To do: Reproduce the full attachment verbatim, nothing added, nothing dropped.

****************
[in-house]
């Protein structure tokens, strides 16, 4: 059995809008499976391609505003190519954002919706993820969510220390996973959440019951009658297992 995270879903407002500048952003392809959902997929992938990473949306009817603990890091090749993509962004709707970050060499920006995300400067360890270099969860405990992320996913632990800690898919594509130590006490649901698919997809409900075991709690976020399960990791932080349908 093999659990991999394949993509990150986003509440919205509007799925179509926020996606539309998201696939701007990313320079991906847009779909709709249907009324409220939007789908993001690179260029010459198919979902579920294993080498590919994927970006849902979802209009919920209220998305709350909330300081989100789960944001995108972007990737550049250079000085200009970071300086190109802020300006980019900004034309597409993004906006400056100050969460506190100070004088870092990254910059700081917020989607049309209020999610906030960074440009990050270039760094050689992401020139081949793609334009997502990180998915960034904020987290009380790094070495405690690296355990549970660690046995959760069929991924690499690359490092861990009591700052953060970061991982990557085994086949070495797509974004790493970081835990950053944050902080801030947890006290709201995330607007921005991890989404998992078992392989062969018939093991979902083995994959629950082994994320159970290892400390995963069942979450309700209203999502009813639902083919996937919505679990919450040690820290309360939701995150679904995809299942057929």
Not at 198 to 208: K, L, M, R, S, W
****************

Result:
[in-house]
């Protein structure tokens, strides 16, 4: 059995809008499976391609505003190519954002919706993820969510220390996973959440019951009658297992 995270879903407002500048952003392809959902997929992938990473949306009817603990890091090749993509962004709707970050060499920006995300400067360890270099969860405990992320996913632990800690898919594509130590006490649901698919997809409900075991709690976020399960990791932080349908 093999659990991999394949993509990150986003509440919205509007799925179509926020996606539309998201696939701007990313320079991906847009779909709709249907009324409220939007789908993001690179260029010459198919979902579920294993080498590919994927970006849902979802209009919920209220998305709350909330300081989100789960944001995108972007990737550049250079000085200009970071300086190109802020300006980019900004034309597409993004906006400056100050969460506190100070004088870092990254910059700081917020989607049309209020999610906030960074440009990050270039760094050689992401020139081949793609334009997502990180998915960034904020987290009380790094070495405690690296355990549970660690046995959760069929991924690499690359490092861990009591700052953060970061991982990557085994086949070495797509974004790493970081835990950053944050902080801030947890006290709201995330607007921005991890989404998992078992392989062969018939093991979902083995994959629950082994994320159970290892400390995963069942979450309700209203999502009813639902083919996937919505679990919450040690820290309360939701995150679904995809299942057929």
Not at 198 to 208: K, L, M, R, S, W